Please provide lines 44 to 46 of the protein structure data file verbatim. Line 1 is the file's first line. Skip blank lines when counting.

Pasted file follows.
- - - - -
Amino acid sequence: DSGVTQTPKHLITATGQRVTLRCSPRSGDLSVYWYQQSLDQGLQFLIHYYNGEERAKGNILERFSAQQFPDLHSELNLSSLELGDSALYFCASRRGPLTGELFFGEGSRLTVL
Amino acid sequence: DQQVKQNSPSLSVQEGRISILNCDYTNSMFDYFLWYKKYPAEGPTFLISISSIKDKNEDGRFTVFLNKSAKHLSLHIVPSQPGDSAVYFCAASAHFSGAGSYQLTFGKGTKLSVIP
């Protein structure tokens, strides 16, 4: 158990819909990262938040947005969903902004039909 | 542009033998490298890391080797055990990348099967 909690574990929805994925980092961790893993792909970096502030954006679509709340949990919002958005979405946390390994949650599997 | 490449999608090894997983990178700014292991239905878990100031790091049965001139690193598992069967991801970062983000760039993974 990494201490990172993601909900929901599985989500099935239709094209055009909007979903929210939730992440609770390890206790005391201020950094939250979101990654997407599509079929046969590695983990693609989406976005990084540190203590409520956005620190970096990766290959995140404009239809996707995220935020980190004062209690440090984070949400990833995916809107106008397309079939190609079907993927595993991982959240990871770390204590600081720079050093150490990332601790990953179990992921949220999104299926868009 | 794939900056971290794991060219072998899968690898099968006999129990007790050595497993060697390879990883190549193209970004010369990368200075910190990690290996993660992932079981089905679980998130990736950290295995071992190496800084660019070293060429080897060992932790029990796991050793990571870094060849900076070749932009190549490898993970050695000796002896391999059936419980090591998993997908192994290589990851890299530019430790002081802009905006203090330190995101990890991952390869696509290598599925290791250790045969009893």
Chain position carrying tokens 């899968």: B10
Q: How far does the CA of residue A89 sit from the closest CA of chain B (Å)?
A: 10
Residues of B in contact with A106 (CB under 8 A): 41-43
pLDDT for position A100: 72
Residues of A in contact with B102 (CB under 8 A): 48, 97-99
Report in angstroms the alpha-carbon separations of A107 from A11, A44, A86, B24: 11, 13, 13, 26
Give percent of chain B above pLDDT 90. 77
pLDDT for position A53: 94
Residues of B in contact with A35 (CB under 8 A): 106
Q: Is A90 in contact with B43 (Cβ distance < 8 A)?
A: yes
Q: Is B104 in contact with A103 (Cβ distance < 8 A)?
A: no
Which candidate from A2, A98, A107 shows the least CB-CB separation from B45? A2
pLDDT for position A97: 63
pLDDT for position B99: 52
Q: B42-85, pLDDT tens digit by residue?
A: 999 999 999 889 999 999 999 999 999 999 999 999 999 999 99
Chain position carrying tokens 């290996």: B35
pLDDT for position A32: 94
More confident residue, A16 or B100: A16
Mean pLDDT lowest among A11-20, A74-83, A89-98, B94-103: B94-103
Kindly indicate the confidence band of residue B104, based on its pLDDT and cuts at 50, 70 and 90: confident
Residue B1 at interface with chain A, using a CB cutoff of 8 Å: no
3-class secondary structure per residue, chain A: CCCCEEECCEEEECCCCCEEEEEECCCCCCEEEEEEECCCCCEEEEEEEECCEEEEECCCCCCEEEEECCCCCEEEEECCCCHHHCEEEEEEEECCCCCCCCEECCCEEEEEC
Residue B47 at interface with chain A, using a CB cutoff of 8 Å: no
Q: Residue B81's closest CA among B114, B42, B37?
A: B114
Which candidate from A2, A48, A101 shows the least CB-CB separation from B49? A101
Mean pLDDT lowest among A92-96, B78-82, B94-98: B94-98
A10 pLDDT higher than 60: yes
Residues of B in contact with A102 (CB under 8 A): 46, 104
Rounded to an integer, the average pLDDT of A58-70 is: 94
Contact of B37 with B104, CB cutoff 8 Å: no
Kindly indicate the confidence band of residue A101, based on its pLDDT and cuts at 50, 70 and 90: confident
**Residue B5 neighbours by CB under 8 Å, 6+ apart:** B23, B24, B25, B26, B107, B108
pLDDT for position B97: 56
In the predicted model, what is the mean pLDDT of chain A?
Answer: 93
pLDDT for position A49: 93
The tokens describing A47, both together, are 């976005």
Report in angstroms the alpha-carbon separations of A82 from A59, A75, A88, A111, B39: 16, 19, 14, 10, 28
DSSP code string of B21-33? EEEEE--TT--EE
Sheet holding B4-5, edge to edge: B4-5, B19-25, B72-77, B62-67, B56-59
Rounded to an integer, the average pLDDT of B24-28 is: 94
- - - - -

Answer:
pLDDT for position A49: 93
The tokens describing A47, both together, are 């976005």
Report in angstroms the alpha-carbon separations of A82 from A59, A75, A88, A111, B39: 16, 19, 14, 10, 28